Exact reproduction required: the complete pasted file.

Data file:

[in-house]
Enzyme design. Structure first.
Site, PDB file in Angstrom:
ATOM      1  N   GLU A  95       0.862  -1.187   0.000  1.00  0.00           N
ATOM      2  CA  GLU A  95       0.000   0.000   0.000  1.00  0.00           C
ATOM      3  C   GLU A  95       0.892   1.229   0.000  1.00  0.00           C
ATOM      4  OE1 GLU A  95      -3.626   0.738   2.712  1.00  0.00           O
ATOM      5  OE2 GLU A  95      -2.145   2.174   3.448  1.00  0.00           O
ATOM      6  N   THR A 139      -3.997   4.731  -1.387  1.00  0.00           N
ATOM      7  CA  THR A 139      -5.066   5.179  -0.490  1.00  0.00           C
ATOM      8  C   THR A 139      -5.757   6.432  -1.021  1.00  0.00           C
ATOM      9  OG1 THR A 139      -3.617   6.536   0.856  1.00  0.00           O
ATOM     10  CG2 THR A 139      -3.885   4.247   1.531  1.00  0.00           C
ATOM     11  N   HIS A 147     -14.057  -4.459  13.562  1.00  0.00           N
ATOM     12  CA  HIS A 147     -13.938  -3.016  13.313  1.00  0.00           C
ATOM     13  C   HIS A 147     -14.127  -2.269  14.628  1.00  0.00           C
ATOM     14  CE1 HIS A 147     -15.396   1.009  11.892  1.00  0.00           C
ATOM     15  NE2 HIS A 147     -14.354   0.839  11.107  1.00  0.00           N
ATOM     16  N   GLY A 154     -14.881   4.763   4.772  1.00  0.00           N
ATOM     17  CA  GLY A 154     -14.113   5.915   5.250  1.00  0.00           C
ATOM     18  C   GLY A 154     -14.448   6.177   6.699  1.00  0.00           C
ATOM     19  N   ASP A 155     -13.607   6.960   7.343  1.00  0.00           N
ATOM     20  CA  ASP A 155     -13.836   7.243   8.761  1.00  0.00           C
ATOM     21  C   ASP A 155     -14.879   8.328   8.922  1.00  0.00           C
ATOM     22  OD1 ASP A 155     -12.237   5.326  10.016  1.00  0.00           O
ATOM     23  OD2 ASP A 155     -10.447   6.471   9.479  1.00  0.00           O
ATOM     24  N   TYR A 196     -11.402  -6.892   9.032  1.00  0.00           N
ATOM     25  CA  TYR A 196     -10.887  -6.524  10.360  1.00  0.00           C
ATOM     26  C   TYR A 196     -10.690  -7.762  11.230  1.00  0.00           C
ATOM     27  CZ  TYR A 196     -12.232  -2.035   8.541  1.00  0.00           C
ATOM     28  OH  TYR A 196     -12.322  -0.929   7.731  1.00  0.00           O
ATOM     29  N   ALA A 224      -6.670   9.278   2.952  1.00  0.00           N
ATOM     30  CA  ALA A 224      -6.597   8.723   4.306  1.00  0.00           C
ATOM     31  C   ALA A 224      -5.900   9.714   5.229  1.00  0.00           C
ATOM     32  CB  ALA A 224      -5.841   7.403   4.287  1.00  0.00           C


[in-house]
Enzyme design. Structure first.
Site, PDB file in Angstrom:
ATOM      1  N   GLU A  95       0.862  -1.187   0.000  1.00  0.00           N
ATOM      2  CA  GLU A  95       0.000   0.000   0.000  1.00  0.00           C
ATOM      3  C   GLU A  95       0.892   1.229   0.000  1.00  0.00           C
ATOM      4  OE1 GLU A  95      -3.626   0.738   2.712  1.00  0.00           O
ATOM      5  OE2 GLU A  95      -2.145   2.174   3.448  1.00  0.00           O
ATOM      6  N   THR A 139      -3.997   4.731  -1.387  1.00  0.00           N
ATOM      7  CA  THR A 139      -5.066   5.179  -0.490  1.00  0.00           C
ATOM      8  C   THR A 139      -5.757   6.432  -1.021  1.00  0.00           C
ATOM      9  OG1 THR A 139      -3.617   6.536   0.856  1.00  0.00           O
ATOM     10  CG2 THR A 139      -3.885   4.247   1.531  1.00  0.00           C
ATOM     11  N   HIS A 147     -14.057  -4.459  13.562  1.00  0.00           N
ATOM     12  CA  HIS A 147     -13.938  -3.016  13.313  1.00  0.00           C
ATOM     13  C   HIS A 147     -14.127  -2.269  14.628  1.00  0.00           C
ATOM     14  CE1 HIS A 147     -15.396   1.009  11.892  1.00  0.00           C
ATOM     15  NE2 HIS A 147     -14.354   0.839  11.107  1.00  0.00           N
ATOM     16  N   GLY A 154     -14.881   4.763   4.772  1.00  0.00           N
ATOM     17  CA  GLY A 154     -14.113   5.915   5.250  1.00  0.00           C
ATOM     18  C   GLY A 154     -14.448   6.177   6.699  1.00  0.00           C
ATOM     19  N   ASP A 155     -13.607   6.960   7.343  1.00  0.00           N
ATOM     20  CA  ASP A 155     -13.836   7.243   8.761  1.00  0.00           C
ATOM     21  C   ASP A 155     -14.879   8.328   8.922  1.00  0.00           C
ATOM     22  OD1 ASP A 155     -12.237   5.326  10.016  1.00  0.00           O
ATOM     23  OD2 ASP A 155     -10.447   6.471   9.479  1.00  0.00           O
ATOM     24  N   TYR A 196     -11.402  -6.892   9.032  1.00  0.00           N
ATOM     25  CA  TYR A 196     -10.887  -6.524  10.360  1.00  0.00           C
ATOM     26  C   TYR A 196     -10.690  -7.762  11.230  1.00  0.00           C
ATOM     27  CZ  TYR A 196     -12.232  -2.035   8.541  1.00  0.00           C
ATOM     28  OH  TYR A 196     -12.322  -0.929   7.731  1.00  0.00           O
ATOM     29  N   ALA A 224      -6.670   9.278   2.952  1.00  0.00           N
ATOM     30  CA  ALA A 224      -6.597   8.723   4.306  1.00  0.00           C
ATOM     31  C   ALA A 224      -5.900   9.714   5.229  1.00  0.00           C
ATOM     32  CB  ALA A 224      -5.841   7.403   4.287  1.00  0.00           C